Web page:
A Little TLC Goes a Long Way


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TLC. When I was growing up, that meant “tender loving care”.  Today, the acronym  TLC also stands for Therapeutic Lifestyle Changes, and is the latest term used to describe medically based, structured, supportive programs to help people lower their risk of and to reverse life-threatening conditions such as hypertension, stroke, diabetes and heart disease. The purpose of this program is to help people improve eating habits, exercise, manage stress, quit smoking  and learn how to lead an active life style.  Unfortunately, due to heavy patient loads and a lack of time, the medical profession often ignores TLC, which ends up being very costly to both the patient and to the economy as a whole.  It is much more cost-efficient to improve your health without drugs or surgery.  

Dr. Neil Gordon, M.D., PhD, who is a preventive cardiologist, headed a study published in 2004 in the Journal of Cardiology which  reported the effectiveness of a 12-week community- based lifestyle management program.  This particular program was geared towards  people with hypertension, abnormal cholesterol and diabetes.  Dr. Gordon and his team found that many of the patients achieved their goals – without medication. Specifically:

  • 67% of the participants lowered their blood pressure to their stated goals.
  • 39% of the participants lowered their blood sugar to acceptable levels.
  • 21% of the participants lowered their LDL cholesterol to their goal level.

It is important when beginning a TLC program that you are first evaluated to access your current health status, and to determine your risk of disease.  Then, you need to state your desired  goals.  Do you want to lower cholesterol, blood pressure or blood sugar?  Do you need to quit smoking?  And finally,  how are you going to reach those goals?  You may choose a combination of dietary change along with a well-rounded exercise program.  You may also need to add some behavioral therapy into the equation.  Each program needs to be set up individually, keeping in mind the patient’s abilities to exercise, his daily schedule, and his capacity to stick to a program.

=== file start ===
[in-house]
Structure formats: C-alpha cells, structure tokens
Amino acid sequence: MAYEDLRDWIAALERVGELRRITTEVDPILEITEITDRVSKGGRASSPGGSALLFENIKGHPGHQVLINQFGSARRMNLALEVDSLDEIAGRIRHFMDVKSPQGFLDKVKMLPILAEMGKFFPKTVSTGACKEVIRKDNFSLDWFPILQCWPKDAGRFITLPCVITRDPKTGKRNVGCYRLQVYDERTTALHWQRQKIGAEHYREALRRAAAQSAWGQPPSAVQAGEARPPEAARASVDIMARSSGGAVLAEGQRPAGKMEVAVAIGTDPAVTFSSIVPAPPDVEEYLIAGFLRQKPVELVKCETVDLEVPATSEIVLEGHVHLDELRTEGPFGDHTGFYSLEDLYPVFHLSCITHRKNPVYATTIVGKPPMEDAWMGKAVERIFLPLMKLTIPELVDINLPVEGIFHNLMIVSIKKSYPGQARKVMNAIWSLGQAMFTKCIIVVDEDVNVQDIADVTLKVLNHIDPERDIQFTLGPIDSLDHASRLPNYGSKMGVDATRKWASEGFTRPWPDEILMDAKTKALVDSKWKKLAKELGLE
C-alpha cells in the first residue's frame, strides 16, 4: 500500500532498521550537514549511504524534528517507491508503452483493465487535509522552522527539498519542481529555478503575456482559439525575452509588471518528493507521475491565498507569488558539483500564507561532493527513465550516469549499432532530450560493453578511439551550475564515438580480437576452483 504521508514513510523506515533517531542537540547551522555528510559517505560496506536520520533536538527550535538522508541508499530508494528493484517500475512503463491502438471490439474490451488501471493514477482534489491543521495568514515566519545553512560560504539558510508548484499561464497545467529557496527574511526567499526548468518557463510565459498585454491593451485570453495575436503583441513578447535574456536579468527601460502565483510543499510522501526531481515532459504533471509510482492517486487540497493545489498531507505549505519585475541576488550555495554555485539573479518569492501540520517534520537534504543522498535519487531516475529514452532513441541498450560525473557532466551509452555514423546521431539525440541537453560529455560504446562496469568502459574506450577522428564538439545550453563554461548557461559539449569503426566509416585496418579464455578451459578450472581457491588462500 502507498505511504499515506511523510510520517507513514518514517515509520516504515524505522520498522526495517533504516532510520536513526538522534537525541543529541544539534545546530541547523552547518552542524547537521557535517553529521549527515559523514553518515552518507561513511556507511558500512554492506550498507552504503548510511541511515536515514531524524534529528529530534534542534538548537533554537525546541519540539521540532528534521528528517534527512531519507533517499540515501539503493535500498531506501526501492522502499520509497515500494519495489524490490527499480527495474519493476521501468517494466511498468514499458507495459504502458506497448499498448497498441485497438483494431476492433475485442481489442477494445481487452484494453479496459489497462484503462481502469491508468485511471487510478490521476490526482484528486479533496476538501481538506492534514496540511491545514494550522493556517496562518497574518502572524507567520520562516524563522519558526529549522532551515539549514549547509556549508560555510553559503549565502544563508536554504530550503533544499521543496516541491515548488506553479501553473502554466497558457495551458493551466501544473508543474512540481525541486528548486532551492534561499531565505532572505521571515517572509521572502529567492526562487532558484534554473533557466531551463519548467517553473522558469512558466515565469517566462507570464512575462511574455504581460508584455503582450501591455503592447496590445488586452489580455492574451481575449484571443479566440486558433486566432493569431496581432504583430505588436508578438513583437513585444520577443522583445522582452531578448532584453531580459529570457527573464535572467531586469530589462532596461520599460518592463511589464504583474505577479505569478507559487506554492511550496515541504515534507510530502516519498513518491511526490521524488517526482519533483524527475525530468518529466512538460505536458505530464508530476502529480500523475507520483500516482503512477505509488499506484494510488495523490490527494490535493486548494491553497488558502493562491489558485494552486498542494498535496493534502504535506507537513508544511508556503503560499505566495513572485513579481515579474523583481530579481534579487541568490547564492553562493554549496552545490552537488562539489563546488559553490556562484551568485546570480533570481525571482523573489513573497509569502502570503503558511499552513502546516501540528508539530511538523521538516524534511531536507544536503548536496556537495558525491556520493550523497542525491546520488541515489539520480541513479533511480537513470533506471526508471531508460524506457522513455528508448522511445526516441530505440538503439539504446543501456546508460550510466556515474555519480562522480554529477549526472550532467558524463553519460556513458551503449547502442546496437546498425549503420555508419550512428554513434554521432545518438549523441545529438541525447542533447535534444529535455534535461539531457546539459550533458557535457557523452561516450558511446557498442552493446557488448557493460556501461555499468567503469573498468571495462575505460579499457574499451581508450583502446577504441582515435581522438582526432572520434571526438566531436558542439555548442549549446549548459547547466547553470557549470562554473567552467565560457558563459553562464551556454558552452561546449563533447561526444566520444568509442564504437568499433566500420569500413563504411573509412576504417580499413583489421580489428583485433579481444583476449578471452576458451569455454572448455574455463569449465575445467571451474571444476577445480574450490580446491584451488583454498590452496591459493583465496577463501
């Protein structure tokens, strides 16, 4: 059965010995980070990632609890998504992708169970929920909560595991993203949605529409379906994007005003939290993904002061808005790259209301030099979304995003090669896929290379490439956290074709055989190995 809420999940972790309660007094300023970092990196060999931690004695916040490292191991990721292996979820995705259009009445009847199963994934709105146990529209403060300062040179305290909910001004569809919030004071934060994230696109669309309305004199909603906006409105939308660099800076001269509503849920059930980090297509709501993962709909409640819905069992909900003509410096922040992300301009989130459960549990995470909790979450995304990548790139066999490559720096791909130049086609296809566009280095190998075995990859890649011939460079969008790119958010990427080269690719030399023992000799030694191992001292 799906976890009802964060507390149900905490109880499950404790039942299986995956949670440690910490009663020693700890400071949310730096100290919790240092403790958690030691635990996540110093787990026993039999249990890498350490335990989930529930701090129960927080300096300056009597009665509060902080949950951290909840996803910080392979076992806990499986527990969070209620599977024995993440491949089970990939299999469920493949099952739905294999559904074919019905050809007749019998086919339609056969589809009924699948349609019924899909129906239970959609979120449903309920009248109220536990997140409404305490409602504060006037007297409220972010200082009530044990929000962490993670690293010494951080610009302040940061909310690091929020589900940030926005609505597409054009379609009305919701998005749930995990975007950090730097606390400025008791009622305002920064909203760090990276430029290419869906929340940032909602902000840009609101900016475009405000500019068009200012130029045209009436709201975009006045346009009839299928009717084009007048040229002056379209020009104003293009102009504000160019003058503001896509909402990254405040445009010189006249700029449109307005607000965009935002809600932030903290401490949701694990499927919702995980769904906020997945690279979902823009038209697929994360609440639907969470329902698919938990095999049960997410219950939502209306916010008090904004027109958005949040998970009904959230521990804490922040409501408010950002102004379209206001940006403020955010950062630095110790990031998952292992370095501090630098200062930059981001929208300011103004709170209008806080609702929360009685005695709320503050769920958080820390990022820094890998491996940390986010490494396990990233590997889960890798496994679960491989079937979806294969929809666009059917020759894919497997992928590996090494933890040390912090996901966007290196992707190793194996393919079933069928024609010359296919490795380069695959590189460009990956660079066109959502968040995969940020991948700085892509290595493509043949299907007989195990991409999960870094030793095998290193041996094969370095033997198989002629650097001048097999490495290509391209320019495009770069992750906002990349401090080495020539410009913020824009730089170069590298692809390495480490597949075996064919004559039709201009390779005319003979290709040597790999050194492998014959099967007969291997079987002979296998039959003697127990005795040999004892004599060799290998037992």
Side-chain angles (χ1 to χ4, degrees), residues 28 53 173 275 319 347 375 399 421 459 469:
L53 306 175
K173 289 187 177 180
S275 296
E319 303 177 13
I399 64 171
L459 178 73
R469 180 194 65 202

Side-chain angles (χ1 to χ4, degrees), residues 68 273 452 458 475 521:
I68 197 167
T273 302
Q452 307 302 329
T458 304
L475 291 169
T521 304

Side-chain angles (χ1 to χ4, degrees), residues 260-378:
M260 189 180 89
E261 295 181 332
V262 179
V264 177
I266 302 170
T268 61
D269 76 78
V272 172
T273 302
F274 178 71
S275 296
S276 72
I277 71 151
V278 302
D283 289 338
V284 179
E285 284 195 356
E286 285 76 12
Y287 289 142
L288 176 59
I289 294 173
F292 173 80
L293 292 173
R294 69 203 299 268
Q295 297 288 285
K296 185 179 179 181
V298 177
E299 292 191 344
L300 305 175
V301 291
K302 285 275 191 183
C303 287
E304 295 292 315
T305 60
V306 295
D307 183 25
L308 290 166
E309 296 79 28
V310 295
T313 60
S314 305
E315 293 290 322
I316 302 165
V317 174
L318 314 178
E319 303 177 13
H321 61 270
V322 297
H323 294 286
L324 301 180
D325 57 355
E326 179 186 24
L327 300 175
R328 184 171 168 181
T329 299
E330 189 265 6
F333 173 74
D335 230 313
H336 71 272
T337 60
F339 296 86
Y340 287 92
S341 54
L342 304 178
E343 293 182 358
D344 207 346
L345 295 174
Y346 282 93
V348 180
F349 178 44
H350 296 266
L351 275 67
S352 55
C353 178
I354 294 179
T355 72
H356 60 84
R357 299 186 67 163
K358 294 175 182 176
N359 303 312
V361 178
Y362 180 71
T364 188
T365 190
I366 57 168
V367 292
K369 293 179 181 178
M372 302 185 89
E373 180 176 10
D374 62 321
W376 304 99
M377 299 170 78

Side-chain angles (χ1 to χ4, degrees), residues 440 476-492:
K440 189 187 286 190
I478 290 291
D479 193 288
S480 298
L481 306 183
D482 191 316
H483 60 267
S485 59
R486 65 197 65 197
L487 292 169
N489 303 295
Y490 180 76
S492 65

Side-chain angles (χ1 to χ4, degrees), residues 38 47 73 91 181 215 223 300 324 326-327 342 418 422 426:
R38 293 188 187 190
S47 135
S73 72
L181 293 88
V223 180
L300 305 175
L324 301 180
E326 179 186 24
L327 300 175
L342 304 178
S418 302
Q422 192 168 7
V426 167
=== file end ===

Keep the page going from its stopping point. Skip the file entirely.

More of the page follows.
It may be easier to prescribe drug therapy for a patient.  But if the root cause can be treated and preventative measures can be taken, TLC  should be the first step.  Even if one needs to take medication, those medicines will likely work much better in conjunction with TLC.  TLC not only treat the symptoms; it treats the underlying problems and works to prevent you from becoming unhealthy.  TLC has been found to be so effective that 54% of US corporations have made it part of their corporate culture.  The result is greater productivity in the workplace, as workers accomplish more tasks each day, and take less sick days.  

There is no doubt that there are times when drug therapy is the only recourse.  But always ask you doctor if you can try TLC first.  Invest the time in visiting a lifestyle coach or personal trainer, and try it first.  Check out the the websites for the American Heart Association at www.americanheart.org or Medline Plus at http://medlineplus.gov/healthyliving.html for some help and guidance.  Even if it doesn’t work completely, it can lower your drug dosages substantially.   And even if you are perfectly healthy, TLC is the best preventive medicine around.  Using Therapeutic Lifestyle Changes is great way to “add hours to your day, days to your year and years to your life.”  

Alan Freishtat is an A.C.E.* CERTIFIED PERSONAL TRAINER and a LIFESTYLE FITNESS COACH with over 15 years of professional experience. He is the Co-Director of the Jerusalem-based weight loss and stress reduction center Lose It! along with Linda Holtz M. Sc. and is available for private consultations, assessments and personalized workout programs. Alan also lectures and gives seminars and workshops. He can be reached at 02-651-8502 or 050-555-7175, or by email at [email protected]  Check out the Lose It! web site – www.loseit.co.il.  US Line: 516-568-5027.